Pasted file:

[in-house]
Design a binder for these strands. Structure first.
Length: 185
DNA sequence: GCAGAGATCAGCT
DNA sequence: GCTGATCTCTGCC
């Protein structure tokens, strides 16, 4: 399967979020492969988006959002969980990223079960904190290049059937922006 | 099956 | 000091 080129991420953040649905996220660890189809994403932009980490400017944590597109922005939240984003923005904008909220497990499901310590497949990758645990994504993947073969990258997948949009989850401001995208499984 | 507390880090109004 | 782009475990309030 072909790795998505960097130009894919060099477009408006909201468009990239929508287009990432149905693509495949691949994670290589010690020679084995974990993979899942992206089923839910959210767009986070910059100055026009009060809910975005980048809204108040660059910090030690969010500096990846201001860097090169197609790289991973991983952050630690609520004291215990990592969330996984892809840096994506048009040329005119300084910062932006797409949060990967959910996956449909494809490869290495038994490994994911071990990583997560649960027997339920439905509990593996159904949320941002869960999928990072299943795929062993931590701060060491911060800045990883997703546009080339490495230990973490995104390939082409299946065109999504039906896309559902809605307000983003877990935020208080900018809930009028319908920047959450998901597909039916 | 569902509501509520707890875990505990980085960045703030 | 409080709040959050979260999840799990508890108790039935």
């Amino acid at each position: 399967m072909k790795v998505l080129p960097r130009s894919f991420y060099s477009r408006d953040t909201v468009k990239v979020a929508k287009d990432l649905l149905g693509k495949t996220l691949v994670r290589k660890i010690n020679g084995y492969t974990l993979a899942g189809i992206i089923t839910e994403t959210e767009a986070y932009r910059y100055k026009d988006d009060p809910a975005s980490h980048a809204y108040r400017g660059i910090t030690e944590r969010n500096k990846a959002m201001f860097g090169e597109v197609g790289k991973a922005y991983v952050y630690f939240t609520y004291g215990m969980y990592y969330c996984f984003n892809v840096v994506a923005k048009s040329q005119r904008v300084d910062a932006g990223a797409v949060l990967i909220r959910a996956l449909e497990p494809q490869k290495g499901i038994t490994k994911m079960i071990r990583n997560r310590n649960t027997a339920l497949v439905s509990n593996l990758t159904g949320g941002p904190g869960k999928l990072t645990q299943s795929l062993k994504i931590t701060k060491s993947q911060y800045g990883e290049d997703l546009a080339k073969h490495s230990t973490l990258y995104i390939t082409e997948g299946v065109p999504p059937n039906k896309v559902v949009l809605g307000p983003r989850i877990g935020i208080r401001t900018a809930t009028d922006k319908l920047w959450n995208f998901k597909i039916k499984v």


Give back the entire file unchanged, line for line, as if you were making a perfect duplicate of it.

[in-house]
Design a binder for these strands. Structure first.
Length: 185
DNA sequence: GCAGAGATCAGCT
DNA sequence: GCTGATCTCTGCC
């Protein structure tokens, strides 16, 4: 399967979020492969988006959002969980990223079960904190290049059937922006 | 099956 | 000091 080129991420953040649905996220660890189809994403932009980490400017944590597109922005939240984003923005904008909220497990499901310590497949990758645990994504993947073969990258997948949009989850401001995208499984 | 507390880090109004 | 782009475990309030 072909790795998505960097130009894919060099477009408006909201468009990239929508287009990432149905693509495949691949994670290589010690020679084995974990993979899942992206089923839910959210767009986070910059100055026009009060809910975005980048809204108040660059910090030690969010500096990846201001860097090169197609790289991973991983952050630690609520004291215990990592969330996984892809840096994506048009040329005119300084910062932006797409949060990967959910996956449909494809490869290495038994490994994911071990990583997560649960027997339920439905509990593996159904949320941002869960999928990072299943795929062993931590701060060491911060800045990883997703546009080339490495230990973490995104390939082409299946065109999504039906896309559902809605307000983003877990935020208080900018809930009028319908920047959450998901597909039916 | 569902509501509520707890875990505990980085960045703030 | 409080709040959050979260999840799990508890108790039935």
């Amino acid at each position: 399967m072909k790795v998505l080129p960097r130009s894919f991420y060099s477009r408006d953040t909201v468009k990239v979020a929508k287009d990432l649905l149905g693509k495949t996220l691949v994670r290589k660890i010690n020679g084995y492969t974990l993979a899942g189809i992206i089923t839910e994403t959210e767009a986070y932009r910059y100055k026009d988006d009060p809910a975005s980490h980048a809204y108040r400017g660059i910090t030690e944590r969010n500096k990846a959002m201001f860097g090169e597109v197609g790289k991973a922005y991983v952050y630690f939240t609520y004291g215990m969980y990592y969330c996984f984003n892809v840096v994506a923005k048009s040329q005119r904008v300084d910062a932006g990223a797409v949060l990967i909220r959910a996956l449909e497990p494809q490869k290495g499901i038994t490994k994911m079960i071990r990583n997560r310590n649960t027997a339920l497949v439905s509990n593996l990758t159904g949320g941002p904190g869960k999928l990072t645990q299943s795929l062993k994504i931590t701060k060491s993947q911060y800045g990883e290049d997703l546009a080339k073969h490495s230990t973490l990258y995104i390939t082409e997948g299946v065109p999504p059937n039906k896309v559902v949009l809605g307000p983003r989850i877990g935020i208080r401001t900018a809930t009028d922006k319908l920047w959450n995208f998901k597909i039916k499984v």